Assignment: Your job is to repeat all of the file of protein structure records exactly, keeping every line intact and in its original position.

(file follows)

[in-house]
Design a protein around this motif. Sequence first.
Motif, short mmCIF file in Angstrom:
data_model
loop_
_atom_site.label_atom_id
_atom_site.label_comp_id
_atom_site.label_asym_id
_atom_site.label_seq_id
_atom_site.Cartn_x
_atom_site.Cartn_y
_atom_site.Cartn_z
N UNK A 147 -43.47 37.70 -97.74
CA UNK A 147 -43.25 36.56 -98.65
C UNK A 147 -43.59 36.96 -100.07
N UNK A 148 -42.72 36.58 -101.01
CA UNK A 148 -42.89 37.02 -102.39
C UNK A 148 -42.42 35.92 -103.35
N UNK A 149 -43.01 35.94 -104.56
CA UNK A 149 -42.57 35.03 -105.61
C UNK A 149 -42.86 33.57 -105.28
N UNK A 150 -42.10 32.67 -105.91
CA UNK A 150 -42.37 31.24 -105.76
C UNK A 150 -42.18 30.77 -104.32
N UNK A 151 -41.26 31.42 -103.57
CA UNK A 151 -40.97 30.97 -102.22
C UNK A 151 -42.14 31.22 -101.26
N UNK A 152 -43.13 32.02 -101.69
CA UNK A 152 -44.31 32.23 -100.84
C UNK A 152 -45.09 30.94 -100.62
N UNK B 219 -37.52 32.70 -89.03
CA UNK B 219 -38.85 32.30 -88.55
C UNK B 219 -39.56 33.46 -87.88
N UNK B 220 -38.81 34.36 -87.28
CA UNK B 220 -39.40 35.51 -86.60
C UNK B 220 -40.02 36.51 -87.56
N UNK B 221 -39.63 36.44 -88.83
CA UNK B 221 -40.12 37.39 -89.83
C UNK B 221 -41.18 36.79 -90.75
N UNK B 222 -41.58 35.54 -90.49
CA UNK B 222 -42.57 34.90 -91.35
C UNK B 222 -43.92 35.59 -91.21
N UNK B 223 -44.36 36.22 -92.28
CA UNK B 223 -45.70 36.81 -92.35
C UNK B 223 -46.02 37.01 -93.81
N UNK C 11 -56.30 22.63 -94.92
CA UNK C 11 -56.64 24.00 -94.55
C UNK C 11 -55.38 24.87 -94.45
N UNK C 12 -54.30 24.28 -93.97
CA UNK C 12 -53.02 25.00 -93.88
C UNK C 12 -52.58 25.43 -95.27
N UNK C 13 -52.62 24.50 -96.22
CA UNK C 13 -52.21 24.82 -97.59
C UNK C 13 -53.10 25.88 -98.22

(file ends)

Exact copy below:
[in-house]
Design a protein around this motif. Sequence first.
Motif, short mmCIF file in Angstrom:
data_model
loop_
_atom_site.label_atom_id
_atom_site.label_comp_id
_atom_site.label_asym_id
_atom_site.label_seq_id
_atom_site.Cartn_x
_atom_site.Cartn_y
_atom_site.Cartn_z
N UNK A 147 -43.47 37.70 -97.74
CA UNK A 147 -43.25 36.56 -98.65
C UNK A 147 -43.59 36.96 -100.07
N UNK A 148 -42.72 36.58 -101.01
CA UNK A 148 -42.89 37.02 -102.39
C UNK A 148 -42.42 35.92 -103.35
N UNK A 149 -43.01 35.94 -104.56
CA UNK A 149 -42.57 35.03 -105.61
C UNK A 149 -42.86 33.57 -105.28
N UNK A 150 -42.10 32.67 -105.91
CA UNK A 150 -42.37 31.24 -105.76
C UNK A 150 -42.18 30.77 -104.32
N UNK A 151 -41.26 31.42 -103.57
CA UNK A 151 -40.97 30.97 -102.22
C UNK A 151 -42.14 31.22 -101.26
N UNK A 152 -43.13 32.02 -101.69
CA UNK A 152 -44.31 32.23 -100.84
C UNK A 152 -45.09 30.94 -100.62
N UNK B 219 -37.52 32.70 -89.03
CA UNK B 219 -38.85 32.30 -88.55
C UNK B 219 -39.56 33.46 -87.88
N UNK B 220 -38.81 34.36 -87.28
CA UNK B 220 -39.40 35.51 -86.60
C UNK B 220 -40.02 36.51 -87.56
N UNK B 221 -39.63 36.44 -88.83
CA UNK B 221 -40.12 37.39 -89.83
C UNK B 221 -41.18 36.79 -90.75
N UNK B 222 -41.58 35.54 -90.49
CA UNK B 222 -42.57 34.90 -91.35
C UNK B 222 -43.92 35.59 -91.21
N UNK B 223 -44.36 36.22 -92.28
CA UNK B 223 -45.70 36.81 -92.35
C UNK B 223 -46.02 37.01 -93.81
N UNK C 11 -56.30 22.63 -94.92
CA UNK C 11 -56.64 24.00 -94.55
C UNK C 11 -55.38 24.87 -94.45
N UNK C 12 -54.30 24.28 -93.97
CA UNK C 12 -53.02 25.00 -93.88
C UNK C 12 -52.58 25.43 -95.27
N UNK C 13 -52.62 24.50 -96.22
CA UNK C 13 -52.21 24.82 -97.59
C UNK C 13 -53.10 25.88 -98.22